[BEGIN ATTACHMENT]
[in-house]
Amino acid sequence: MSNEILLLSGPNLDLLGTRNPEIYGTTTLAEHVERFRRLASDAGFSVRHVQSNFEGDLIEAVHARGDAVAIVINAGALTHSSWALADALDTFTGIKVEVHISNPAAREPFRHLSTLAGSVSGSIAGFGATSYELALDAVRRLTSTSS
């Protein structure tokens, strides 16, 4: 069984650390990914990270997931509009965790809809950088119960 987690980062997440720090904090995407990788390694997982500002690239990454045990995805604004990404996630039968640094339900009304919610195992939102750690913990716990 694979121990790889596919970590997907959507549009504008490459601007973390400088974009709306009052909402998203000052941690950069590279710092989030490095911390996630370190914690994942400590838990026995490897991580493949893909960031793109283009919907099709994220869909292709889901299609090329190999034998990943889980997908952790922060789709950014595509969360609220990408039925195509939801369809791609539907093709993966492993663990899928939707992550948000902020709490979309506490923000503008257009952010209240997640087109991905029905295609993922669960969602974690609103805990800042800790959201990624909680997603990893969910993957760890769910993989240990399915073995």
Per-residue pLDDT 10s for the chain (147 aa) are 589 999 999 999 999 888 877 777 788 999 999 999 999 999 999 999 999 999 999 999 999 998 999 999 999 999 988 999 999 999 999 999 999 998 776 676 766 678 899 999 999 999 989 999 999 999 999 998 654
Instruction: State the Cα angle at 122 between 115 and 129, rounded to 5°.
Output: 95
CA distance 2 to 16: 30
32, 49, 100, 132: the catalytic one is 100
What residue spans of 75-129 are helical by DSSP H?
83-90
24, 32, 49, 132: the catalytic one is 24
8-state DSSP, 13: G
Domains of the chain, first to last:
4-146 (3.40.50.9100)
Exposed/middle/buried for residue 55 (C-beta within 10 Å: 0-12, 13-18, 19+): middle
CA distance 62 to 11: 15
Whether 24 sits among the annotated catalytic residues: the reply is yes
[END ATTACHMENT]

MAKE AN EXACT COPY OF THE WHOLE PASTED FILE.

[in-house]
Amino acid sequence: MSNEILLLSGPNLDLLGTRNPEIYGTTTLAEHVERFRRLASDAGFSVRHVQSNFEGDLIEAVHARGDAVAIVINAGALTHSSWALADALDTFTGIKVEVHISNPAAREPFRHLSTLAGSVSGSIAGFGATSYELALDAVRRLTSTSS
């Protein structure tokens, strides 16, 4: 069984650390990914990270997931509009965790809809950088119960 987690980062997440720090904090995407990788390694997982500002690239990454045990995805604004990404996630039968640094339900009304919610195992939102750690913990716990 694979121990790889596919970590997907959507549009504008490459601007973390400088974009709306009052909402998203000052941690950069590279710092989030490095911390996630370190914690994942400590838990026995490897991580493949893909960031793109283009919907099709994220869909292709889901299609090329190999034998990943889980997908952790922060789709950014595509969360609220990408039925195509939801369809791609539907093709993966492993663990899928939707992550948000902020709490979309506490923000503008257009952010209240997640087109991905029905295609993922669960969602974690609103805990800042800790959201990624909680997603990893969910993957760890769910993989240990399915073995």
Per-residue pLDDT 10s for the chain (147 aa) are 589 999 999 999 999 888 877 777 788 999 999 999 999 999 999 999 999 999 999 999 999 998 999 999 999 999 988 999 999 999 999 999 999 998 776 676 766 678 899 999 999 999 989 999 999 999 999 998 654
Instruction: State the Cα angle at 122 between 115 and 129, rounded to 5°.
Output: 95
CA distance 2 to 16: 30
32, 49, 100, 132: the catalytic one is 100
What residue spans of 75-129 are helical by DSSP H?
83-90
24, 32, 49, 132: the catalytic one is 24
8-state DSSP, 13: G
Domains of the chain, first to last:
4-146 (3.40.50.9100)
Exposed/middle/buried for residue 55 (C-beta within 10 Å: 0-12, 13-18, 19+): middle
CA distance 62 to 11: 15
Whether 24 sits among the annotated catalytic residues: the reply is yes